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Circ Arrhythm Electrophysiol. 2011 Dec;4(6):874-81. doi: 10.1161/CIRCEP.111.963983. Epub 2011 Oct 25.

Electrocardiographic characteristics and SCN5A mutations in idiopathic ventricular fibrillation associated with early repolarization.

Author information

1
Division of Cardiology, Niigata University School of Medicine, Niigata, Japan. hiroshi7@med.niigata-u.ac.jp

Abstract

BACKGROUND:

Recently, we and others reported that early repolarization (J wave) is associated with idiopathic ventricular fibrillation. However, its clinical and genetic characteristics are unclear.

METHODS AND RESULTS:

This study included 50 patients (44 men; age, 45 ± 17 years) with idiopathic ventricular fibrillation associated with early repolarization, and 250 age- and sex-matched healthy controls. All of the patients had experienced arrhythmia events, and 8 (16%) had a family history of sudden death. Ventricular fibrillation was inducible by programmed electric stimulation in 15 of 29 patients (52%). The heart rate was slower and the PR interval and QRS duration were longer in patients with idiopathic ventricular fibrillation than in controls. We identified nonsynonymous variants in SCN5A (resulting in A226D, L846R, and R367H) in 3 unrelated patients. These variants occur at residues that are highly conserved across mammals. His-ventricular interval was prolonged in all of the patients carrying an SCN5A mutation. Sodium channel blocker challenge resulted in an augmentation of early repolarization or development of ventricular fibrillation in all of 3 patients, but none was diagnosed with Brugada syndrome. In heterologous expression studies, all of the mutant channels failed to generate any currents. Immunostaining revealed a trafficking defect in A226D channels and normal trafficking in R367H and L846R channels.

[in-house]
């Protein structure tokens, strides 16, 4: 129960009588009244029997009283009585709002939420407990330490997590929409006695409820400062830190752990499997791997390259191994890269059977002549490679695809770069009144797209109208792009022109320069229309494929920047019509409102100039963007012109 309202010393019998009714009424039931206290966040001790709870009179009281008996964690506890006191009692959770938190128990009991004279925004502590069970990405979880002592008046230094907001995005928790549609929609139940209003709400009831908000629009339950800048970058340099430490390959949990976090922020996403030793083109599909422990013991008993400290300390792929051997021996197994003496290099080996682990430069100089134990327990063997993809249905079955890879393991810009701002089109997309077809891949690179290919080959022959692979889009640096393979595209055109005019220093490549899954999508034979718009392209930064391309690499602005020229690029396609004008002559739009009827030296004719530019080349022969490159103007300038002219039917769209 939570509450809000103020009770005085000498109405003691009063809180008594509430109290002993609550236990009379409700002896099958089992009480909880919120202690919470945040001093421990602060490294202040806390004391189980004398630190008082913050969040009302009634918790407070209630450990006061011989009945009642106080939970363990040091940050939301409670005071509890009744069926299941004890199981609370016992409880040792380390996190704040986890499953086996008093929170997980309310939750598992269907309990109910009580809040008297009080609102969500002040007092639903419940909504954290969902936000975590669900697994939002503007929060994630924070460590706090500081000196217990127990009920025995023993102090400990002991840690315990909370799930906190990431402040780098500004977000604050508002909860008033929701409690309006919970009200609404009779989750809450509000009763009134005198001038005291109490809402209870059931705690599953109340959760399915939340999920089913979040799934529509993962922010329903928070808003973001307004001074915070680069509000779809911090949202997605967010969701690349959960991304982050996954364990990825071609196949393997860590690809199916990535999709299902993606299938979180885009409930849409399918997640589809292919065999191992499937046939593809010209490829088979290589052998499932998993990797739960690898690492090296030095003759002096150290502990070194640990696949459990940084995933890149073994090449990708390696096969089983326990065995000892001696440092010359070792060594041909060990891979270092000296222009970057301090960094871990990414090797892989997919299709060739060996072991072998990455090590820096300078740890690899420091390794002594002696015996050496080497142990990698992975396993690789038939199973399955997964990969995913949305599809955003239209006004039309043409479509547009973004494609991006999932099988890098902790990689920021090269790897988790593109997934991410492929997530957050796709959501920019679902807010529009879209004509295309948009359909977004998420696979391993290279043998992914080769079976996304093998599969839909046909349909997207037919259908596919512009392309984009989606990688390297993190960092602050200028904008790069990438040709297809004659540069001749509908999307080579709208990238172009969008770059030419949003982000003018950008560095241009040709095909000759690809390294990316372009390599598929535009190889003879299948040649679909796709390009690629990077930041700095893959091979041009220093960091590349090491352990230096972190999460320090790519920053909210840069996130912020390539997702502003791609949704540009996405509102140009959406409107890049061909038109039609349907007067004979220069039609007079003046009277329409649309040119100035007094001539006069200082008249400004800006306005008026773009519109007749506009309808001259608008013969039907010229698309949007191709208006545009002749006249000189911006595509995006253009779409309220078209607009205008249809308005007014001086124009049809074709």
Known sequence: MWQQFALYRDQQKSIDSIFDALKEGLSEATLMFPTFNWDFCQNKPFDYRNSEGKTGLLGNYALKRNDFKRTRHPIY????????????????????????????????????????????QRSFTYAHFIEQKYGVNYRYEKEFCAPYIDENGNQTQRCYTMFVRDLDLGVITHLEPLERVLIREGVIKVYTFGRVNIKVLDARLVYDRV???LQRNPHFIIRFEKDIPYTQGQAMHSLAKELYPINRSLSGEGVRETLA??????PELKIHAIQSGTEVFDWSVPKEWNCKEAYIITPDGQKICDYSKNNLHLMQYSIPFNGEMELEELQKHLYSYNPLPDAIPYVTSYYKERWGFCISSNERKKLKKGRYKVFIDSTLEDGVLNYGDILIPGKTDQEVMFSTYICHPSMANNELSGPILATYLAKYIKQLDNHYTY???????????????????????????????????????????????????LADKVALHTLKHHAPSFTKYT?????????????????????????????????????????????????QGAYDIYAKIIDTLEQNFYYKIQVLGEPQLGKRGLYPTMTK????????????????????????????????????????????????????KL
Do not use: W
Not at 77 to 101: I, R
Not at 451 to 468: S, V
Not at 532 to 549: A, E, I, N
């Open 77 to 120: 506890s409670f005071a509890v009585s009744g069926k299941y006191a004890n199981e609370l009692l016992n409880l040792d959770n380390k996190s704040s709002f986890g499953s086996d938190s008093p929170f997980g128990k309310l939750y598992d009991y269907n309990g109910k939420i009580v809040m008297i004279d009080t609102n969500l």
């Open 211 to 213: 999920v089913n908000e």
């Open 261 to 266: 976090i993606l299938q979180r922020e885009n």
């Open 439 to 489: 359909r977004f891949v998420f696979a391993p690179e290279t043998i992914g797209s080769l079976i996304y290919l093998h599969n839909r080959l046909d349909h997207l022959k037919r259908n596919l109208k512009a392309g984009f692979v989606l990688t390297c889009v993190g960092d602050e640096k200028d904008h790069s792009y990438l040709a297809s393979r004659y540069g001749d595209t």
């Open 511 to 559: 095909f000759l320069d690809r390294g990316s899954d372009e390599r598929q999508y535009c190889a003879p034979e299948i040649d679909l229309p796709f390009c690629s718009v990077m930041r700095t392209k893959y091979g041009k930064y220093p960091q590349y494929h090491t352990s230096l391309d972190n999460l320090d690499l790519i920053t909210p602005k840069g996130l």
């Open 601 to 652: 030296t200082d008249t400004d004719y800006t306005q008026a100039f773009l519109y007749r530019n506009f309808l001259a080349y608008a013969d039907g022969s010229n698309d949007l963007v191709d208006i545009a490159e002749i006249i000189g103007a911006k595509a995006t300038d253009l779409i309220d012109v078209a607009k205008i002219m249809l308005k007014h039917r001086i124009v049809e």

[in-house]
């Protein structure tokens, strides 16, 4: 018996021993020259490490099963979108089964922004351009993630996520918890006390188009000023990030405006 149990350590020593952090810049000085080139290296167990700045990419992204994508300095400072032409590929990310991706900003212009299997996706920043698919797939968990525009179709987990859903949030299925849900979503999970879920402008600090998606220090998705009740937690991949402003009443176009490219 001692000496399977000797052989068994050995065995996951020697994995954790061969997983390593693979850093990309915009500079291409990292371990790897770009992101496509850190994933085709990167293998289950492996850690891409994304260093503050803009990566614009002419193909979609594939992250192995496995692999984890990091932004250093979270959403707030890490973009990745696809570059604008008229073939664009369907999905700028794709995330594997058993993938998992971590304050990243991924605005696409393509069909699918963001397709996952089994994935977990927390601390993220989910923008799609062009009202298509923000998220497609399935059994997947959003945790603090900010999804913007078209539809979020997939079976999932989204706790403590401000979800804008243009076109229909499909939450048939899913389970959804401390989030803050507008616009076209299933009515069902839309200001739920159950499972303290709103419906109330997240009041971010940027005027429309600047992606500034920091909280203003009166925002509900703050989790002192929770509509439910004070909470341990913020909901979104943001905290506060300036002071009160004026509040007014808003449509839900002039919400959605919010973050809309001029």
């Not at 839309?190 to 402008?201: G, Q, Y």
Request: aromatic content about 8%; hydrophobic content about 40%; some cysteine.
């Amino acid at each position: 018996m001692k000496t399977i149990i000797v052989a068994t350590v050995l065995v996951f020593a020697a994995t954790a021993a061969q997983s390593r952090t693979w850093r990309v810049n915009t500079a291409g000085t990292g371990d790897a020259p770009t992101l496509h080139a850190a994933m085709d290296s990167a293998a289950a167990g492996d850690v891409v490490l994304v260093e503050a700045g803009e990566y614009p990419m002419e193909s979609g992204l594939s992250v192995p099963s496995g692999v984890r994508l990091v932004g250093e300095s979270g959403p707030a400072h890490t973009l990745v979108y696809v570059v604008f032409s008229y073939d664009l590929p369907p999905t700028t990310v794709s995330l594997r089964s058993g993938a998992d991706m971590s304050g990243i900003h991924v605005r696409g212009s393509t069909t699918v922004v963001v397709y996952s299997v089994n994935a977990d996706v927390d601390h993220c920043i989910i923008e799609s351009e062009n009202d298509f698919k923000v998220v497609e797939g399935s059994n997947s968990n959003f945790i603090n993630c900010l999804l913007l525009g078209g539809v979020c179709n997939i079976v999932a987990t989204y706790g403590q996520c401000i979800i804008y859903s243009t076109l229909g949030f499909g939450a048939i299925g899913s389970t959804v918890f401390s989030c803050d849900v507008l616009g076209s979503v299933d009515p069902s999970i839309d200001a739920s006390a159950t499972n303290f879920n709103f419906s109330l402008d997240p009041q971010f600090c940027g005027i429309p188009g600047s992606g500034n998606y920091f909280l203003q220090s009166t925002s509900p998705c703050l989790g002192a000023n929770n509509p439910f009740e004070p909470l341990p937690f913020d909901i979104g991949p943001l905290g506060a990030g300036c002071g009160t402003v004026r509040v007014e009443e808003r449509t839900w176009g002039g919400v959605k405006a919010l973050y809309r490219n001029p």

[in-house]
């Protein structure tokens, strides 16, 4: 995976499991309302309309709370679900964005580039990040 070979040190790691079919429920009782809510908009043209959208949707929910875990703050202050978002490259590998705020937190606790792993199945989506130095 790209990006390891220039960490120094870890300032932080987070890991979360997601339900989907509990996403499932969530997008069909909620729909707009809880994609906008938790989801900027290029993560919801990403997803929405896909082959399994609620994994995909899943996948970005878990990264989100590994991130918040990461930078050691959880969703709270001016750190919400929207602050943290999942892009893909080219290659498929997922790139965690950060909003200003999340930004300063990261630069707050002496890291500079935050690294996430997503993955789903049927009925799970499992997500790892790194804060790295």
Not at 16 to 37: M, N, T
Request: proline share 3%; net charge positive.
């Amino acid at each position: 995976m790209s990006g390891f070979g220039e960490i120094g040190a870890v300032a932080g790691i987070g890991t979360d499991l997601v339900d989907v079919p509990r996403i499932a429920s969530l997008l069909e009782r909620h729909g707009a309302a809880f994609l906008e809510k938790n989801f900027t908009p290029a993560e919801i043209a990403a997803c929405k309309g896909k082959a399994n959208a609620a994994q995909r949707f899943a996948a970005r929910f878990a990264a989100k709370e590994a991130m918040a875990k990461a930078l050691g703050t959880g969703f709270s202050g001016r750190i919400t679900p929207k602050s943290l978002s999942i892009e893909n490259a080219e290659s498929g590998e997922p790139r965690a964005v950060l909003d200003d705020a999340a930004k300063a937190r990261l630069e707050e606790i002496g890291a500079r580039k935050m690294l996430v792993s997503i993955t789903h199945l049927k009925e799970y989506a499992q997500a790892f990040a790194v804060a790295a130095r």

CONCLUSIONS:

We found reductions in heart rate and cardiac conduction and loss-of-function mutations in SCN5A in patients with idiopathic ventricular fibrillation associated with early repolarization. These findings support the hypothesis that decreased sodium current enhances ventricular fibrillation susceptibility.

PMID:
22028457
DOI:
10.1161/CIRCEP.111.963983
[Indexed for MEDLINE]
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